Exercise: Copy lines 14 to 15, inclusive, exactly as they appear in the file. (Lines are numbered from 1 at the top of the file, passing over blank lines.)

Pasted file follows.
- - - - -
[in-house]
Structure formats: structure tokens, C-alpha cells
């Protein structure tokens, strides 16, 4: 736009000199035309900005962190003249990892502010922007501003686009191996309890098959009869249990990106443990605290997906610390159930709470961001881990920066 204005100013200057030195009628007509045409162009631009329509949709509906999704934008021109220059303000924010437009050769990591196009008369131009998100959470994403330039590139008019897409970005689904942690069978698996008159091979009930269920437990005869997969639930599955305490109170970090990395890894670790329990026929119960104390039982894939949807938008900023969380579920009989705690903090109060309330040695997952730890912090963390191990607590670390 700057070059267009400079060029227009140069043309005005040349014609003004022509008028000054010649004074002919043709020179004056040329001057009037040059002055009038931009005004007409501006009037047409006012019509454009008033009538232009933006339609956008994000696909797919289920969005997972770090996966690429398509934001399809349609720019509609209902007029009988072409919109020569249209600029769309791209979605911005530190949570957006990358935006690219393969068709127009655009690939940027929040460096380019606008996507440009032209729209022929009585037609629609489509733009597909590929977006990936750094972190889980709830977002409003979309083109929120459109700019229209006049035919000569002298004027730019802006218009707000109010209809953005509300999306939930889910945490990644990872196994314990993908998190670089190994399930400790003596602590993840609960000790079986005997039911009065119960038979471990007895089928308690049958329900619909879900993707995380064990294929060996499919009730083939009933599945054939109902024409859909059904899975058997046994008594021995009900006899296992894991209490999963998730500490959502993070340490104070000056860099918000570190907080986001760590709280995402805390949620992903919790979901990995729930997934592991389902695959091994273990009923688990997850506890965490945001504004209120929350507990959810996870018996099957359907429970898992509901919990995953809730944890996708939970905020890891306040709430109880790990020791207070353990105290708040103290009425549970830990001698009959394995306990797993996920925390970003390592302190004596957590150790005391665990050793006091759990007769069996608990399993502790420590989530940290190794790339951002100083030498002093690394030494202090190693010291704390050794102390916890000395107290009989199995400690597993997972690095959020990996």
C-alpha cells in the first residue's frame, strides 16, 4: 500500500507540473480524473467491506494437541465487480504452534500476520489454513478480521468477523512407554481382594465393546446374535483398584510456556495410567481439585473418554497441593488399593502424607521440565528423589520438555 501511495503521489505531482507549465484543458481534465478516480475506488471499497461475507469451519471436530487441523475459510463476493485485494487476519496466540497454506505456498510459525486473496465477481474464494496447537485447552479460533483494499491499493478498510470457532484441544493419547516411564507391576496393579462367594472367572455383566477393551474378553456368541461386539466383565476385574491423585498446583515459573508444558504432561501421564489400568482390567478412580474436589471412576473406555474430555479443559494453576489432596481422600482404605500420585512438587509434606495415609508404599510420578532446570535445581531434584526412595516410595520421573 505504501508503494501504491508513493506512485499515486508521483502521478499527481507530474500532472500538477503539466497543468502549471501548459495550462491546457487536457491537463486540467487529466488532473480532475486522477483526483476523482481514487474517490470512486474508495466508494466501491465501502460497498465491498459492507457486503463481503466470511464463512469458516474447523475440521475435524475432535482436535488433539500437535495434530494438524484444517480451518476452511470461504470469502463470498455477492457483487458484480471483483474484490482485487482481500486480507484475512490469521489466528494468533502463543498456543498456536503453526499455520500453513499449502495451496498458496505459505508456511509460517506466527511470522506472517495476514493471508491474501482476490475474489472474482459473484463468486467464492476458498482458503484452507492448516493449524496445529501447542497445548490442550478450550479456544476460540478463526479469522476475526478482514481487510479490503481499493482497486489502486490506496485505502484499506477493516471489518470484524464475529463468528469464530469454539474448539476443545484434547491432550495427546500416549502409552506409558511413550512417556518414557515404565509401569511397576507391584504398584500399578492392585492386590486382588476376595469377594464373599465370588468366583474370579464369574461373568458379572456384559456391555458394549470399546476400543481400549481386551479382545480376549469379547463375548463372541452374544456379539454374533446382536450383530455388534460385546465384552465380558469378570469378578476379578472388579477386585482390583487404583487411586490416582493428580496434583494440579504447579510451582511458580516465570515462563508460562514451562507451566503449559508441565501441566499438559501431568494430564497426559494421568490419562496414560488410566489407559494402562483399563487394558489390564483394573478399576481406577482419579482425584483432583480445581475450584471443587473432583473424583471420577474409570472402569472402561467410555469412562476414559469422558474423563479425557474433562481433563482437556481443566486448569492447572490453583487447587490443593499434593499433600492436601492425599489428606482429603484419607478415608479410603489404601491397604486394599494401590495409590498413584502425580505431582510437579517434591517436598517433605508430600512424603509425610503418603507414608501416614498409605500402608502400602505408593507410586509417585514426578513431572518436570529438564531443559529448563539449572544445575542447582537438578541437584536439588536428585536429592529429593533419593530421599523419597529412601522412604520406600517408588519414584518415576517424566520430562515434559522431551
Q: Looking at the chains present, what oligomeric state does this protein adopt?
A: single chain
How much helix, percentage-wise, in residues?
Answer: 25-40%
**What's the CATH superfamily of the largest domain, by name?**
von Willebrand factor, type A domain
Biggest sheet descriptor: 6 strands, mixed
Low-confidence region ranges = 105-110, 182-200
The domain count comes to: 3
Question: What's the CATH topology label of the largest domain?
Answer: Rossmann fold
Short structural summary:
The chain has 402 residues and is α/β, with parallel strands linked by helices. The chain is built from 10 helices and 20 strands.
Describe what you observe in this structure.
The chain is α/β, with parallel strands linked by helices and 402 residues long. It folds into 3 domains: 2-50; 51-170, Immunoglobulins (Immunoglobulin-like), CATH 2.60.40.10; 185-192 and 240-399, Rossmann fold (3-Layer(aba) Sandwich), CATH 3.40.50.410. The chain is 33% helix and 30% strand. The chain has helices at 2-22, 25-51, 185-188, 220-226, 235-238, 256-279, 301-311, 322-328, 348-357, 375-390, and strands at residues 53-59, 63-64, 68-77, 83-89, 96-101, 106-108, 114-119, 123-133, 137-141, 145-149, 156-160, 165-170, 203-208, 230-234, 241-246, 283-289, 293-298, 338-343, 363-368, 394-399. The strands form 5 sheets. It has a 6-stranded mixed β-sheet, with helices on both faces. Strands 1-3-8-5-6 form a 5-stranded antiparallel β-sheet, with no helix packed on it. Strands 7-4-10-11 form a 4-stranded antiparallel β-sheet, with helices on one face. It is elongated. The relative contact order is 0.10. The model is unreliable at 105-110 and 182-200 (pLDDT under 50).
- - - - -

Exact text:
Question: What's the CATH topology label of the largest domain?
Answer: Rossmann fold